We were told, by an ex-CID/Special Branch retired officer, that it was previously a police car as he recognised the number plate SLB 652F, which originated from London and therefore probably was the reason it was not registered for its first four years. Does anyone have any further information?

It was still our main family car when our first son arrived. The petrol expense was always a consideration when going on holiday. To go to Devon in 1980 we needed to allow £40.00 to get there and back!

During the time that the S’type was off the road requiring some restoration – parts way back then were quite difficult to acquire and took some time - we needed to have a replacement family car, as we now had 3 children, but obviously we still had to have Jags. These were a green Series 1 XJ6 Manual Sovereign -JHW 738L; a bronze Series 3 3.4 XJ6 -WJN 732W;and a blue Series 3 4.2 XJ6 Sovereign (my mother’s favourite car to ride in – more about this car later). I wonder if any of these are still around.

We bought our black 1997 X300 4.0 litre Sovereign Auto in 2002 and is my favourite car to drive. After visiting the Jaguar car factory when the XK8 was being built, I foolishly said that it would be the only other Jag my husband could have so, in what we call our mid-life crisis in 2008, we bought our black 1998 XK8 4.0 Litre Coupe.

Our E-type 1968 Series 2+2 4.2 Auto was acquired through unfortunate circumstances. Our cousin, who suddenly passed away, had brought it back from America, but it was then left outside for 12 years. Altogether it took us 10 years to restore, with the help of our neighbour a former Jaguar mechanic. We finally got it finished for our daughter to have as her wedding car - although we had to take the passenger seat out for to get her dress in!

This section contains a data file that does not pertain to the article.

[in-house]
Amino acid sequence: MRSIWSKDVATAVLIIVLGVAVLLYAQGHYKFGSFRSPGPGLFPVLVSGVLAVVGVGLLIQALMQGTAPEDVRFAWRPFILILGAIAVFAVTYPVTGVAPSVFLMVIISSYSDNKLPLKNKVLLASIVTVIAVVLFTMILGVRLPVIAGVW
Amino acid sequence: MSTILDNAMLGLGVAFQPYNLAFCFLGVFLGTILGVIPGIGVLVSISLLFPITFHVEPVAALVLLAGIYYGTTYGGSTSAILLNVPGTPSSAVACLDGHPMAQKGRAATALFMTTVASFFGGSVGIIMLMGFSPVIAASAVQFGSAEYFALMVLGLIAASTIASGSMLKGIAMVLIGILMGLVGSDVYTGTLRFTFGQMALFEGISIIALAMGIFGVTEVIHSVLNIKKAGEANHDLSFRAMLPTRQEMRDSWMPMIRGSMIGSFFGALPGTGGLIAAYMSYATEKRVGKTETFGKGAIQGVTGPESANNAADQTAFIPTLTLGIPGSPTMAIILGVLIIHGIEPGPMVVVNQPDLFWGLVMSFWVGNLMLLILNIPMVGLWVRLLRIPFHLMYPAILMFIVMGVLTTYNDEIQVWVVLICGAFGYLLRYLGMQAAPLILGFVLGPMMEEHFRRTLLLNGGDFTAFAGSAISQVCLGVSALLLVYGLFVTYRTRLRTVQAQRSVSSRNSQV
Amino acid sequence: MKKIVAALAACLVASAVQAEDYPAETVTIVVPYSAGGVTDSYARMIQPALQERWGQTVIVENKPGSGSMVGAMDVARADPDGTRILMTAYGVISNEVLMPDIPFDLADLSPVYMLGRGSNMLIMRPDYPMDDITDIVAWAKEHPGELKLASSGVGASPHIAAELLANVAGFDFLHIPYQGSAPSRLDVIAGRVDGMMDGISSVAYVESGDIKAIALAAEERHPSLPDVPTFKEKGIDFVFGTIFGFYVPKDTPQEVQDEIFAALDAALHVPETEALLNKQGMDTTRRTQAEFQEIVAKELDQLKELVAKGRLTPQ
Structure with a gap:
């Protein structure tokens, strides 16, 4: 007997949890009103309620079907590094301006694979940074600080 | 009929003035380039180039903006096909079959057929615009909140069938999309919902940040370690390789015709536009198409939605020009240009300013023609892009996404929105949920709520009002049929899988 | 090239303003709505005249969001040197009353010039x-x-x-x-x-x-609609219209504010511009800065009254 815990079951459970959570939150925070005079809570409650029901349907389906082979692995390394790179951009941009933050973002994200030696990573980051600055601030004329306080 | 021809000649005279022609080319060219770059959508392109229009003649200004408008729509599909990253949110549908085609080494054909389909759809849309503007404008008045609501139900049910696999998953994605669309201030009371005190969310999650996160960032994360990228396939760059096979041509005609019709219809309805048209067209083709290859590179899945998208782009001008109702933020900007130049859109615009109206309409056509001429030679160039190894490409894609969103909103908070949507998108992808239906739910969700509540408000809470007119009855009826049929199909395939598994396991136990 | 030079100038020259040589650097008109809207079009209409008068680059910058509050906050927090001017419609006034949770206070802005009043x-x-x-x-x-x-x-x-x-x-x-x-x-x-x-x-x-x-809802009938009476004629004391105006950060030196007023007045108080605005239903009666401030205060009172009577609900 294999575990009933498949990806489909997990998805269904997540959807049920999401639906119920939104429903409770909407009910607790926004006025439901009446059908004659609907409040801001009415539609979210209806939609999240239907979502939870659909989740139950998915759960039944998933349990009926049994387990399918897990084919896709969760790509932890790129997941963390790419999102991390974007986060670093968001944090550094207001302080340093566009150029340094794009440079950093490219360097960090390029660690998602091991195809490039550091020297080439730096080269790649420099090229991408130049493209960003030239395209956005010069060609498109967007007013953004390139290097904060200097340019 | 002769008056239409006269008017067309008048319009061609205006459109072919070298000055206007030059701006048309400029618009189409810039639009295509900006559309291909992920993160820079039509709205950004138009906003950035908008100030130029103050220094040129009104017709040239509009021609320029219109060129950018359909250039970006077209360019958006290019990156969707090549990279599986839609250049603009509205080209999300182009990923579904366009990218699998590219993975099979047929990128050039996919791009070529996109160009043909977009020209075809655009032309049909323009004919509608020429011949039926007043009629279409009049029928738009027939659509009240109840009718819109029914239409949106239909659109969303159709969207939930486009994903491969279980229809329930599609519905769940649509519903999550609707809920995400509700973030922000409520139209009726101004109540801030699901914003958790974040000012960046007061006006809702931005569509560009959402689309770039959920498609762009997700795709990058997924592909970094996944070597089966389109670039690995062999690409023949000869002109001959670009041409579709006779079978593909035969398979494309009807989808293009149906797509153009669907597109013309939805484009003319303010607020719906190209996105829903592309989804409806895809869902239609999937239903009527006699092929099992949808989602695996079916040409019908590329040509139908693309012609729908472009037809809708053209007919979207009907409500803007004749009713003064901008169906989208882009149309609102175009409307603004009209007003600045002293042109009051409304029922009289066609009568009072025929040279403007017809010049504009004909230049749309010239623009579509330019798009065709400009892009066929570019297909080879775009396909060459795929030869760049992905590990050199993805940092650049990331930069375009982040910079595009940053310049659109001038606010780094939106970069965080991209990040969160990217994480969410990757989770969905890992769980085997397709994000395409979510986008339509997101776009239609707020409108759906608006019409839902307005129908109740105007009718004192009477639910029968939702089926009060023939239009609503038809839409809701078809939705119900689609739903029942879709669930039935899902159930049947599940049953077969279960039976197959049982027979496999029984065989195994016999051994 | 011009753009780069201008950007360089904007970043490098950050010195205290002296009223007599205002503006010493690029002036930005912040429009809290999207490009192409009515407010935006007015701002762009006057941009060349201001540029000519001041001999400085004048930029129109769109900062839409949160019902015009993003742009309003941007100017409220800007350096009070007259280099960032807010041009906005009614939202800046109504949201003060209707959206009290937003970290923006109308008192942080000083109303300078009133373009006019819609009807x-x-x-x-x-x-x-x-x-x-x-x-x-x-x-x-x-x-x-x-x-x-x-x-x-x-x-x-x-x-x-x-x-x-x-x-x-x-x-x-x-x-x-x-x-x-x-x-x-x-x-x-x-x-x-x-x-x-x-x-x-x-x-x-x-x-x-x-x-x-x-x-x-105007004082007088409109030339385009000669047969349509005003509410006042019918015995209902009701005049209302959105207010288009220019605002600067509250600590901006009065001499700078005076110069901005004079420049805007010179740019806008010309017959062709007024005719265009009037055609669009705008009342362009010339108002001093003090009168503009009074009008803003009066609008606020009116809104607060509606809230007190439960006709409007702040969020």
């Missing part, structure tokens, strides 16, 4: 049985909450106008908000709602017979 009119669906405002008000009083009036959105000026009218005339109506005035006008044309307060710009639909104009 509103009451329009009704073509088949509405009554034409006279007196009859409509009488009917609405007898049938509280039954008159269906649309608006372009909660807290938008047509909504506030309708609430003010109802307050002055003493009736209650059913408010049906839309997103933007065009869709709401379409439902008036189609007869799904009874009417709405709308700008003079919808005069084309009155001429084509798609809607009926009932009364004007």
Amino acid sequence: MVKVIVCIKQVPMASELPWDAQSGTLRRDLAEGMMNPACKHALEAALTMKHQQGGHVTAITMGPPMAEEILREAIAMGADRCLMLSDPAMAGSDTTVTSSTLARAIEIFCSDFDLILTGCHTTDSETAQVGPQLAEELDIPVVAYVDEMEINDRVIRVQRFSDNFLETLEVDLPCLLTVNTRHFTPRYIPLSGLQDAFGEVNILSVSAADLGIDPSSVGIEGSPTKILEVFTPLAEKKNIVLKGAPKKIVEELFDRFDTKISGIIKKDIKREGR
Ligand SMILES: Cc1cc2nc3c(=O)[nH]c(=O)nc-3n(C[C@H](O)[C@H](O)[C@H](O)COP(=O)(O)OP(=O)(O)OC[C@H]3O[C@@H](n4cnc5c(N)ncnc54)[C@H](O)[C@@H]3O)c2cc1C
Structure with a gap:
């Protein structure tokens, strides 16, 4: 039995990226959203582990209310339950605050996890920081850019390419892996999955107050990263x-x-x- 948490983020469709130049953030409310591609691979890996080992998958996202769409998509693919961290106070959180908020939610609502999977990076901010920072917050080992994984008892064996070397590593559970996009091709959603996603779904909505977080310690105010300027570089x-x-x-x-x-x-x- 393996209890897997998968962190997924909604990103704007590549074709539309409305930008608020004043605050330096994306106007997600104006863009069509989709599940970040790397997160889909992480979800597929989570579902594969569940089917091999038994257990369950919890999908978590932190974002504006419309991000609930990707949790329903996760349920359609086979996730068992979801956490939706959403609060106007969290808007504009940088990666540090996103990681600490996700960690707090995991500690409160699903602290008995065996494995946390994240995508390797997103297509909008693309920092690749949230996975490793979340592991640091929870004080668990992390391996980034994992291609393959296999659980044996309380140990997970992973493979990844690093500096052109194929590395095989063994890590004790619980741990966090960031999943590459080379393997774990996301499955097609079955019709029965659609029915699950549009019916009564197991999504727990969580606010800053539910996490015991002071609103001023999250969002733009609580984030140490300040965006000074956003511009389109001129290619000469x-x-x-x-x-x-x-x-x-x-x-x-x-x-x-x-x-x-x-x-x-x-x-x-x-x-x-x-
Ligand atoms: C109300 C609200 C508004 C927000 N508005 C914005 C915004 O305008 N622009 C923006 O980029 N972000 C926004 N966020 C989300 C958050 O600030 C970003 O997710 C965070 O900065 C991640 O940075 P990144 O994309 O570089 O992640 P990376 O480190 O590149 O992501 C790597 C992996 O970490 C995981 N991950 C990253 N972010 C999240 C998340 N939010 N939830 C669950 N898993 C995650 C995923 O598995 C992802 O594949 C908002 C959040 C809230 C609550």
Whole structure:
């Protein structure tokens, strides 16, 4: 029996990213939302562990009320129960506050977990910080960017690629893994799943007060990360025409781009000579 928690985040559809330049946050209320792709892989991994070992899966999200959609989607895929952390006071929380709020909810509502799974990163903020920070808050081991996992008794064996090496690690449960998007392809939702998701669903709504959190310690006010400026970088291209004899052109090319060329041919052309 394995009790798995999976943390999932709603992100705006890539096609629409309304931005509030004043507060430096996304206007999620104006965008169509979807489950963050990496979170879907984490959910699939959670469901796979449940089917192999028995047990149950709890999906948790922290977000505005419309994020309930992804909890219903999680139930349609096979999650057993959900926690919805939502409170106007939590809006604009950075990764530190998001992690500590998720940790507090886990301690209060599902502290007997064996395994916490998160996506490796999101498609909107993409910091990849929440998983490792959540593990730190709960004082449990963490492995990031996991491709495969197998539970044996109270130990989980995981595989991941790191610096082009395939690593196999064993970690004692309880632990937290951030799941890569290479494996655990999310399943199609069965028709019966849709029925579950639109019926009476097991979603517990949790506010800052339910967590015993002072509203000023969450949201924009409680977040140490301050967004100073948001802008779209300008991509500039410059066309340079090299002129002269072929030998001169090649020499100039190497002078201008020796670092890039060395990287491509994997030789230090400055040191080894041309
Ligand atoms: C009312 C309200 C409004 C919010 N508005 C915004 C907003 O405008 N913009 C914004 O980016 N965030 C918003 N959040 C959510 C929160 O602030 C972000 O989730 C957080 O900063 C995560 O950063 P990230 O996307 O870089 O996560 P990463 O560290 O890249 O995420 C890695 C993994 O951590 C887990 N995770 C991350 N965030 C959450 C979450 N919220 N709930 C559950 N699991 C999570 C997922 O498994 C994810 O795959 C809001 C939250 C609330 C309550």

Christmas this year saw another Jaguar added to our collection- an old friend, our previous car a Blue 1985 Series 3 XJ6 Sovereign 4.2. Sixteen years ago, a friend bought it off of us for £100 and it has been in his garage ever since. Unbeknown to us, our eldest son acquired it back last June and stored it in his friend’s barn. He thought it would be a good Christmas surprise present for his Dad, the only problem was telling me. I must admit the car was not in that bad a condition and it has kept my husband busy through ‘Lockdown’.

That now makes the fifth Jaguar we own - much to my husband’s delight as he was reluctant to sell it in the first place! Our sixth car - my husband’s run about - which he will not refer to as a Jag, is a diesel estate X Type and definitely not a true Jaguar in his opinion.

Jags are a way of life in our family. Our eldest son, also at the age of nineteen, bought his first Jag, a 1990 4.0 litre XJ40. This was replaced by a 1995 Manual XJR X300 – a rare beast, but unfortunately it was involved in an accident (not his fault but sadly written off). Its engine and gear box was bought by David Marks from the insurers. Our son was able to replace it with another 1994 manual X300 XJR, a pre-production model, which is in the process of refurbishment. His wife also owns a 2000 XKR 4.0 litre Coupe.

Next Meeting

As you will be aware, all regional monthly meetings have been cancelled until further notice due to the coronavirus restrictions, but why not join us for our Virtual Meeting on 9 July. Details on page 2.